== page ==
Founded by Drew Pearson 1932
JFK in posterity’s light
By Douglas Cohn and Eleanor Clift
WASHINGTON – It has become commonplace to say the myth of John F. Kennedy exceeded the reality of his brief presidency, and that 50 years after his death, we celebrate the hope of what he might have been rather than what he actually did. The intent of this column is to set the record straight, to document what this young and charismatic president achieved in his too short time in office.
The Cuban Missile Crisis: The world is fortunate we had Kennedy in the Oval Office at a time when the U.S. and the Soviet Union came within a hair’s breadth of nuclear war. The generals, admirals, and the CIA told Kennedy he had no choice but to go to war over Soviet missiles in Castro’s Cuba; he said no, and succeeded in forcing the Soviets to back down through a blockade instead of an invasion. He had learned from the Bay of Pigs fiasco the year before, where he learned the hard way not to blindly follow the experts. The Bay of Pigs failure led to the Cuban Missile Crisis success.
Civil rights: Lyndon Johnson deserves enormous credit for pushing legislation through Congress, but Kennedy got it started. In 1962, he confronted Mississippi Governor Ross Barnett and sent federal marshals, troops, and nationalized National Guard troops to ensure that James Meredith could enroll as the first African-American in the University of Mississippi. A year later, Kennedy met with the Rev. Martin Luther King, Jr., following the historic March on Washington.
NASA: Kennedy dreamed big, saying we could put a man on the moon, and we did. We’re learning more about the debate that led up to his declaration, how he was concerned about the cost, and whether the feat was even achievable. But the fact remains that when the internal administration debates were concluded, Kennedy launched the Apollo Program, and the country has benefitted ever since.
The Kennedy tax cut: JFK was the author of perhaps the most famous tax cut of all, the one that Republican presidents Ronald Reagan and George W. Bush cited as inspiration for their own tax-cutting policies. What was significant is that he significantly lowered taxes and almost like magic revenues soared. The difference between then and what Reagan and Bush did is that Kennedy was working with a very high marginal rate – 90 percent. He cut it to 70 percent and the dynamism it unleashed was immediate. Reagan went all the way down to 28 percent, and the impact was quite the opposite – the Treasury was starved of revenue.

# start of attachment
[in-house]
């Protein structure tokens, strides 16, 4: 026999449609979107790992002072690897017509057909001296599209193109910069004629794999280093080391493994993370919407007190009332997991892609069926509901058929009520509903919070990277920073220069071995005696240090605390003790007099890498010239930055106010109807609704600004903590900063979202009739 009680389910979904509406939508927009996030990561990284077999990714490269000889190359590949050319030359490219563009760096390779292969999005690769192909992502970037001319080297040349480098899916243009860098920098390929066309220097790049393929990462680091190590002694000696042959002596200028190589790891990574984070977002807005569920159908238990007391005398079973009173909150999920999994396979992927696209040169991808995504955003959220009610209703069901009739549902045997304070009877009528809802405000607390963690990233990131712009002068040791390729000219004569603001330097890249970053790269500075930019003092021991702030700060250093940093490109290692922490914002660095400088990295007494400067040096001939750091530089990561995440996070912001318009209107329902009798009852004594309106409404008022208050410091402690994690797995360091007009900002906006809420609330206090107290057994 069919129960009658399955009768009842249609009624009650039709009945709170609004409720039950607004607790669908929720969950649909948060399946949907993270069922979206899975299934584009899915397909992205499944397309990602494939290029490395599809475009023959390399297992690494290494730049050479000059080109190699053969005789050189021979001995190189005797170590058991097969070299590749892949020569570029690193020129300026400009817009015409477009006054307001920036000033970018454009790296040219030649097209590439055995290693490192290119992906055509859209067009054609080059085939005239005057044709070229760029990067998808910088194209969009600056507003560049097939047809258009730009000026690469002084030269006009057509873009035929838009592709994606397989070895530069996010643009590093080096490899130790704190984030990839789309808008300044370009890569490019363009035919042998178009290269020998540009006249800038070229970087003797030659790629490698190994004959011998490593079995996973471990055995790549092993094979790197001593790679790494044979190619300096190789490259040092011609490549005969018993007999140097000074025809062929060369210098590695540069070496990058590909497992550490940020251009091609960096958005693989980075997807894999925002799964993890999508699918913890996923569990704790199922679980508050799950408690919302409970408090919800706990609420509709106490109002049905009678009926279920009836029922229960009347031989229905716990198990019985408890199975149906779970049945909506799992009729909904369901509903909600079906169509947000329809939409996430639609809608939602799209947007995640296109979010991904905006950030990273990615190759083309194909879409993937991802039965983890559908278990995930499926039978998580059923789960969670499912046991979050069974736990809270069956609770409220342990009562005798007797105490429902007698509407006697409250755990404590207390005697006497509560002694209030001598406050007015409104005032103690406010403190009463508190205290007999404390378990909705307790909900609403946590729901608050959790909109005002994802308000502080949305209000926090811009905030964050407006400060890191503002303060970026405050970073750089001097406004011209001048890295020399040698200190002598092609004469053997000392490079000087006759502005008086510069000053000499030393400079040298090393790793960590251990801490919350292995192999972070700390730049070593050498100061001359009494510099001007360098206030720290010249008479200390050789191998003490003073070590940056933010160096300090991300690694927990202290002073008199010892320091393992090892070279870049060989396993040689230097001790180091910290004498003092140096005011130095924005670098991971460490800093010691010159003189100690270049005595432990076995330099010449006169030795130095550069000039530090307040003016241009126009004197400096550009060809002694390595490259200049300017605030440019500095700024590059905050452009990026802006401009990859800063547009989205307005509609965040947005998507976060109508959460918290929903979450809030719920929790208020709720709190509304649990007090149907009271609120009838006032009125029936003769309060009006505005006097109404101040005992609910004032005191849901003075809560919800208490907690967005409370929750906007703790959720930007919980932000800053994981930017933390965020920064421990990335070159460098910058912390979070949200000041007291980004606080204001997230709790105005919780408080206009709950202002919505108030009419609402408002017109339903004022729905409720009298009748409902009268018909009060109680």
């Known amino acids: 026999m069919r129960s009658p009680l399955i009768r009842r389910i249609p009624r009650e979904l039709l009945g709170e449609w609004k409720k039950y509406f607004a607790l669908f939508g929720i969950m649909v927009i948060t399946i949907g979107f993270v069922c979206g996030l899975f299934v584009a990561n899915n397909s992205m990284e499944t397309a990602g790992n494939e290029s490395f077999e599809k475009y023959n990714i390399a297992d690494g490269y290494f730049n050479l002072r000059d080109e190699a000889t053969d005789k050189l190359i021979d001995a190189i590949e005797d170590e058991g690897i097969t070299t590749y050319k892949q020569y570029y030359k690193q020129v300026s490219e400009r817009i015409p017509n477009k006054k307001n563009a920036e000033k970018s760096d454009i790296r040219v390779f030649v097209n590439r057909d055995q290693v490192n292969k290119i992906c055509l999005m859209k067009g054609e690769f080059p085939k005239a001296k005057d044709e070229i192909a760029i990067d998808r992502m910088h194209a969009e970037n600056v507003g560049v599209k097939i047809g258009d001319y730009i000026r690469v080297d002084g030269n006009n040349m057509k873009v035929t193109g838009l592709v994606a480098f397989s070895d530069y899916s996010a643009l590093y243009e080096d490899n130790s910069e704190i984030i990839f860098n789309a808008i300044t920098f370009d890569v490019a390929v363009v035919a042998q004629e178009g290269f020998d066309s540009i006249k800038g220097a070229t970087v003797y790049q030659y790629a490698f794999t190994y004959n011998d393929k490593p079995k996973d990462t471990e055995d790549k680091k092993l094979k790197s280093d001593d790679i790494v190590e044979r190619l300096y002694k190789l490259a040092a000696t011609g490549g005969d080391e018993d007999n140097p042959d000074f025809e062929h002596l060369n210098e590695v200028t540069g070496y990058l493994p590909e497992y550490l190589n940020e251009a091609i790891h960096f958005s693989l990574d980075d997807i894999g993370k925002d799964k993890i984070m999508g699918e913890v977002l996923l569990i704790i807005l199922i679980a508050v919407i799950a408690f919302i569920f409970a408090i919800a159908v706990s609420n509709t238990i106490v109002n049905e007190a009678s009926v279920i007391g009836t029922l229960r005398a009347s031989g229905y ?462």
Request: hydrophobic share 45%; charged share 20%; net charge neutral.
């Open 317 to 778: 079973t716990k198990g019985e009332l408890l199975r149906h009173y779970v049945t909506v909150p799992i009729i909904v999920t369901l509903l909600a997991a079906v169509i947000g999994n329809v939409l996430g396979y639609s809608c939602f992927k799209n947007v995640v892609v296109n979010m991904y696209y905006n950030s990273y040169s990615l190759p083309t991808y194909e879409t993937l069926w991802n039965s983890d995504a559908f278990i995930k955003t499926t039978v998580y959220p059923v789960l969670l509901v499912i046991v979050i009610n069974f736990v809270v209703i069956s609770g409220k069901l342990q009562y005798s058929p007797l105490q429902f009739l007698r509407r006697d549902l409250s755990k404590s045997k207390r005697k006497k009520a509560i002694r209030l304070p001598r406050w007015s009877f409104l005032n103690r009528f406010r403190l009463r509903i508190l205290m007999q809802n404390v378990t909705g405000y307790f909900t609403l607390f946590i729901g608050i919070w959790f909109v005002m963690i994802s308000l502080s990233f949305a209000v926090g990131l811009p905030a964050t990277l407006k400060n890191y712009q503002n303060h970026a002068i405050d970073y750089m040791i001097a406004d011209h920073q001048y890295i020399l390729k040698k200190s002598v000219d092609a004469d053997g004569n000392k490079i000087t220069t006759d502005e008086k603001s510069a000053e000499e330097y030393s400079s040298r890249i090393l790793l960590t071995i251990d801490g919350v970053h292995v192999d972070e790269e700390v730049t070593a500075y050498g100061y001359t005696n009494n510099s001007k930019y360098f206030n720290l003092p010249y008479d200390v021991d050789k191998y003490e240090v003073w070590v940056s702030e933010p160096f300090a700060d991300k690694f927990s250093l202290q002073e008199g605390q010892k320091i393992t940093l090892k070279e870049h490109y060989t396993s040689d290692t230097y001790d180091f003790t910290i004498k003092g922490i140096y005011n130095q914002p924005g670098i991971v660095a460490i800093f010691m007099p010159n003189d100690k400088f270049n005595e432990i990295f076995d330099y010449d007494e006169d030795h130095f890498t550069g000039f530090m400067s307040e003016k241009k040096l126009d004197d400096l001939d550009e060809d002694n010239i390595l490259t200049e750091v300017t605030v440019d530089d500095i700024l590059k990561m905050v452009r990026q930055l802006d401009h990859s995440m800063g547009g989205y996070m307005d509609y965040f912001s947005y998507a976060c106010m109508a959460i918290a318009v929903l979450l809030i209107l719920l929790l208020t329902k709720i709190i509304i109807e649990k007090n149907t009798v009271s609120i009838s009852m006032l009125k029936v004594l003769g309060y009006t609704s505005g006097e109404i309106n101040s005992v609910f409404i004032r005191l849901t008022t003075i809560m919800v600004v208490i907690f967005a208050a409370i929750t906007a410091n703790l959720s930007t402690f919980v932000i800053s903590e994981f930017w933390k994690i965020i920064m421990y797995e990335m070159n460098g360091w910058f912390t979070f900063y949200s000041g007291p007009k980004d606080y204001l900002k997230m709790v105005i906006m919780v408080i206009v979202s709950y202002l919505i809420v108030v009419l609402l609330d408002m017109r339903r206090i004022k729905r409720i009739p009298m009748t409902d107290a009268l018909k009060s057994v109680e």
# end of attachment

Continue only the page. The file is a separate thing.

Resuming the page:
War on Poverty: The phrase is associated with President Johnson, but the idea began to take root during the Kennedy presidency. It grew out of JFK’s campaigning in 1960 in the crucial West Virginia primary, where he saw up close a level of poverty that he never imagined existed in the U.S. This is not to take away anything from LBJ, who put his heart and soul into the programs of what he called the Great Society. It is to remind future generations of how much social change Kennedy initiated, most of which he didn’t live to see.
The Peace Corps: Deploying young people around the world for peaceful development purposes helped change the way the world looked at Americans, dispelling the 1950’s image of what was popularly called the Ugly American. Kennedy championed the notion that we are our brother’s keeper.
Vietnam – This is the most problematical part of JFK’s imagined presidency, what would he have done if he had lived? He proved in the Cuban Missile Crisis that he would stand up to the spread of communism, but he would do so short of war if possible. In any event, we will never know how he would have thwarted the North Vietnamese communists, and in this the advocates of the what-might-have-been theories may find solace.
Posterity’s light will surely shine on John Fitzgerald Kennedy.
© 2013 U.S. News Syndicate, Inc.
Distributed by U.S. News Syndicate, Inc.
END WASHINGTON MERRY-GO-ROUND